Meeting our clients, their families, and their health care workers in Ilheus was a highlight of the trip and of our semester long project ENGR 232, Technology and Society: A Global Perspective. We were all moved by the visits and the possibility that our devices might help increase the quality of life of our clientes. In the end, we did leave several devices in Brazil. Several others will continue to be worked on. A prime example of this is the blink sensor communication device. The therapists were excited about having several of the devices. The trip made it even more clear to us that engineers indeed can make a difference in the world. We look forward to continuing to work on these projects look forward to our next opportunity to travel to Brazil with devices.
- Liz Koslow, SBC student, Patricia (faculty member from UESC, all around amazing person) and our client
Christine, with client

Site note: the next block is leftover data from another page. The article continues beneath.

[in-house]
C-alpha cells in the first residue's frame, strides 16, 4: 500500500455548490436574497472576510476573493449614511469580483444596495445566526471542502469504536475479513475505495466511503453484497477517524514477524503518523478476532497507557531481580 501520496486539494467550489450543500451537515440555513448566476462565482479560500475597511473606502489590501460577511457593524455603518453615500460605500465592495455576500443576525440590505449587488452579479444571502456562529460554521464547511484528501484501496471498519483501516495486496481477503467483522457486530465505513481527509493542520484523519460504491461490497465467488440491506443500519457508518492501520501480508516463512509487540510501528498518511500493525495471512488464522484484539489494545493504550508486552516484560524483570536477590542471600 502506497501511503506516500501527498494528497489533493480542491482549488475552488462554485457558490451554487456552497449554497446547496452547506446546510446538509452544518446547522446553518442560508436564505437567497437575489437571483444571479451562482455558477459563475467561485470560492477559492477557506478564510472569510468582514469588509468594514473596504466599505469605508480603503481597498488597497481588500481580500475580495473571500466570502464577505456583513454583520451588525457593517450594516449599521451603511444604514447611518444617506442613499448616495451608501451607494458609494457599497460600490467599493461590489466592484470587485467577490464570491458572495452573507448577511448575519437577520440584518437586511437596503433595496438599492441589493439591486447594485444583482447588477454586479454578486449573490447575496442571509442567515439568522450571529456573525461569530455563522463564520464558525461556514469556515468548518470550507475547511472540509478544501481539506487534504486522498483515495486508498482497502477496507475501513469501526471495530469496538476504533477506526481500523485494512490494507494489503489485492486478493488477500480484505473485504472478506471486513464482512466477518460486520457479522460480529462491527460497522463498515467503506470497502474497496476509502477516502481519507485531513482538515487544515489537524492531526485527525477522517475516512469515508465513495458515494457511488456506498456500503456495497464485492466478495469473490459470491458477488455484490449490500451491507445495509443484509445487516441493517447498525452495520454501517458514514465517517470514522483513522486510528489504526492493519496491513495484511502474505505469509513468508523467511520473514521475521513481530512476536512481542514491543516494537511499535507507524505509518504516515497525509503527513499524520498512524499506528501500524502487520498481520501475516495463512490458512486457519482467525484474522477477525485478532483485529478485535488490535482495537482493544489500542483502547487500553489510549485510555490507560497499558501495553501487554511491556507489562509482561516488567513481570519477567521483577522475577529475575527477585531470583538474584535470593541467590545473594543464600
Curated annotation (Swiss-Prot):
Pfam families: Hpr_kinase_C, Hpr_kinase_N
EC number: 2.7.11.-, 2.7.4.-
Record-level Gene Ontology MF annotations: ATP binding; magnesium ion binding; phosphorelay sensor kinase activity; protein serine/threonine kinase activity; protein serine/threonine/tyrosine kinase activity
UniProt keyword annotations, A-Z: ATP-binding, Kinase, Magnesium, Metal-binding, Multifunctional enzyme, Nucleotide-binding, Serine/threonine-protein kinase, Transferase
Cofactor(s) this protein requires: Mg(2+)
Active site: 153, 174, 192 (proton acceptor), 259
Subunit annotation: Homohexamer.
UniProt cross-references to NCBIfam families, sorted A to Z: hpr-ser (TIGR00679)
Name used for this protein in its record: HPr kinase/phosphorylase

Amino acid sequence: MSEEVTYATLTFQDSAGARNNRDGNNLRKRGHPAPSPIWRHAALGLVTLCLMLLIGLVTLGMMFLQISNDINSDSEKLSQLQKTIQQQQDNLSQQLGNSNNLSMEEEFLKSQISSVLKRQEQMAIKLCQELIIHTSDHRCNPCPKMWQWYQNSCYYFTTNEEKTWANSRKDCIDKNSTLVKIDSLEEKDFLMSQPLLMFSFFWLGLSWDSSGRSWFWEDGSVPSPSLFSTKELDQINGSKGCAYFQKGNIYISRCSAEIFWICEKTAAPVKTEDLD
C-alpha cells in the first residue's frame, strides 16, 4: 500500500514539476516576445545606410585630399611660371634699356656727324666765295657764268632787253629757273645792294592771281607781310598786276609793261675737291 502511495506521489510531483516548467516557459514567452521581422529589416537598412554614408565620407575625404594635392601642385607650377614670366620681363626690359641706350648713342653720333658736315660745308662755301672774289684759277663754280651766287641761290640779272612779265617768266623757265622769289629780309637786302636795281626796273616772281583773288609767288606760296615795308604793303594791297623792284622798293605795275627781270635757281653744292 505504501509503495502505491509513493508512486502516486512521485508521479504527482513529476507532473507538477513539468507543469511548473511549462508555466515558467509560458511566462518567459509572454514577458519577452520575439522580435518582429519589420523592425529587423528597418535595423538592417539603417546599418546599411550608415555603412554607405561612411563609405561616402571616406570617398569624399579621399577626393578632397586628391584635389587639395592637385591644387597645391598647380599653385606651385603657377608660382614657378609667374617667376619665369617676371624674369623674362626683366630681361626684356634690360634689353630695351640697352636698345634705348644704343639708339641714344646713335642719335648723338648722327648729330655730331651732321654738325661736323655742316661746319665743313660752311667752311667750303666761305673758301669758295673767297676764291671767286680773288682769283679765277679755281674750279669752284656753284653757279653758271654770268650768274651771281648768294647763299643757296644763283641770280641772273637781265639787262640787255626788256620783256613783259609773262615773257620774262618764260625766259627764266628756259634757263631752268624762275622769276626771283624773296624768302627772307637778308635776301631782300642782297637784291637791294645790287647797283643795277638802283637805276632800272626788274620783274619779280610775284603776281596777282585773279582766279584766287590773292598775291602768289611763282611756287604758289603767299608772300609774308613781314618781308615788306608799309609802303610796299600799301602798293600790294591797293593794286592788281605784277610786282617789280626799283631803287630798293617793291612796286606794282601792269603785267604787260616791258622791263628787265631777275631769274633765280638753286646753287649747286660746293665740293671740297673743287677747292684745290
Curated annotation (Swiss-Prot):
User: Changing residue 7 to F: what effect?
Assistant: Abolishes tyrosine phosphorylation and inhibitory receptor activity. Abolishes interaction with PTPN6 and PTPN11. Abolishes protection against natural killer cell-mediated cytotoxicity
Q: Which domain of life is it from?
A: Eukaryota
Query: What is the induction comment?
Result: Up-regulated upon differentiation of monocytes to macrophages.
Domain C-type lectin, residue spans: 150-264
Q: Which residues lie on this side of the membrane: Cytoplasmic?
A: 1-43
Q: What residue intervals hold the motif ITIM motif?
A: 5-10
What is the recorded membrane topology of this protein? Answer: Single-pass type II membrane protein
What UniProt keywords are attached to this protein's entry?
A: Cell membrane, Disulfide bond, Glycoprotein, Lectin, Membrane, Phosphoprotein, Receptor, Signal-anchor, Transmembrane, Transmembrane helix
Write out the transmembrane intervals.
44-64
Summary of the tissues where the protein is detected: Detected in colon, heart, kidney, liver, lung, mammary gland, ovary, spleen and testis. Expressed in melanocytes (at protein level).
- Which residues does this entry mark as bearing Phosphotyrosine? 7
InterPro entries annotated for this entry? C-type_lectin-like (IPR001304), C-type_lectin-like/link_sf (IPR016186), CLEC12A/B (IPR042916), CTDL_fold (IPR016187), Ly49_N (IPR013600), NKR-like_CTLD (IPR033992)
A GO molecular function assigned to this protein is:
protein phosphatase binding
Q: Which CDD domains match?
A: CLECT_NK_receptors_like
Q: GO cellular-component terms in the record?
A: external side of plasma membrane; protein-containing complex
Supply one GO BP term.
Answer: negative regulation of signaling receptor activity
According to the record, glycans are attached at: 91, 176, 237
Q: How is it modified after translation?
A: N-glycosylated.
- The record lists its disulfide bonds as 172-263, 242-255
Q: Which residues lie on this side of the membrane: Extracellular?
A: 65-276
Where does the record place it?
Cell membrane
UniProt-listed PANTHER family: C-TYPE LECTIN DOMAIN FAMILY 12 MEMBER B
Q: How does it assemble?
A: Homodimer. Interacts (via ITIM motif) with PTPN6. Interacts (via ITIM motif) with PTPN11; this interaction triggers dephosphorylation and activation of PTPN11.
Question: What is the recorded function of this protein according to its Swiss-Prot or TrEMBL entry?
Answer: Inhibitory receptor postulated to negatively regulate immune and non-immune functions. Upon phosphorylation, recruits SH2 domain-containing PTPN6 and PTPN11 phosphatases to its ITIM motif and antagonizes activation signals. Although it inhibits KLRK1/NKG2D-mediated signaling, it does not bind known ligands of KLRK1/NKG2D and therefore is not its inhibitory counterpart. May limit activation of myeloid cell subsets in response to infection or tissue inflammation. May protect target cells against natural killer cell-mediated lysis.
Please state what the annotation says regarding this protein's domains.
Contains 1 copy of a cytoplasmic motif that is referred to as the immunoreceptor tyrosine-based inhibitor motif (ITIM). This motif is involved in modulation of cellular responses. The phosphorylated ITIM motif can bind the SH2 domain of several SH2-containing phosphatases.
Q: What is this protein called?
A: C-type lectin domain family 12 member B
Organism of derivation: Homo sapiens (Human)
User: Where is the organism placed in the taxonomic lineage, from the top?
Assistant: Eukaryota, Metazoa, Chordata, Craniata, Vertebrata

Lindsay Davis, SBC student, with writing device (designed by SAU students)
Sarah Lightbody and Kellner Pruett, SBC students
Liz, with client
We have a great couple of days. Sorry for the lack of pictures here, I’ll post them when I get back. Over the weekend we had a Brazilian barbeque with some engineering faculty members from the university. It was by far the most fun I’ve ever had at a barbeque. Lots of fun conversations and an amazing beach view.
On Monday we visited a sustainability development program. They are up away from the beach in a pretty hilly part of Brazil. The view from the top of their facility was absolutely amazing.
Today we visited the sloth sanctuary. The sloths were rescued from the local area. There were something like 27 sloths there. We got to pet them. Yes, they are super cute.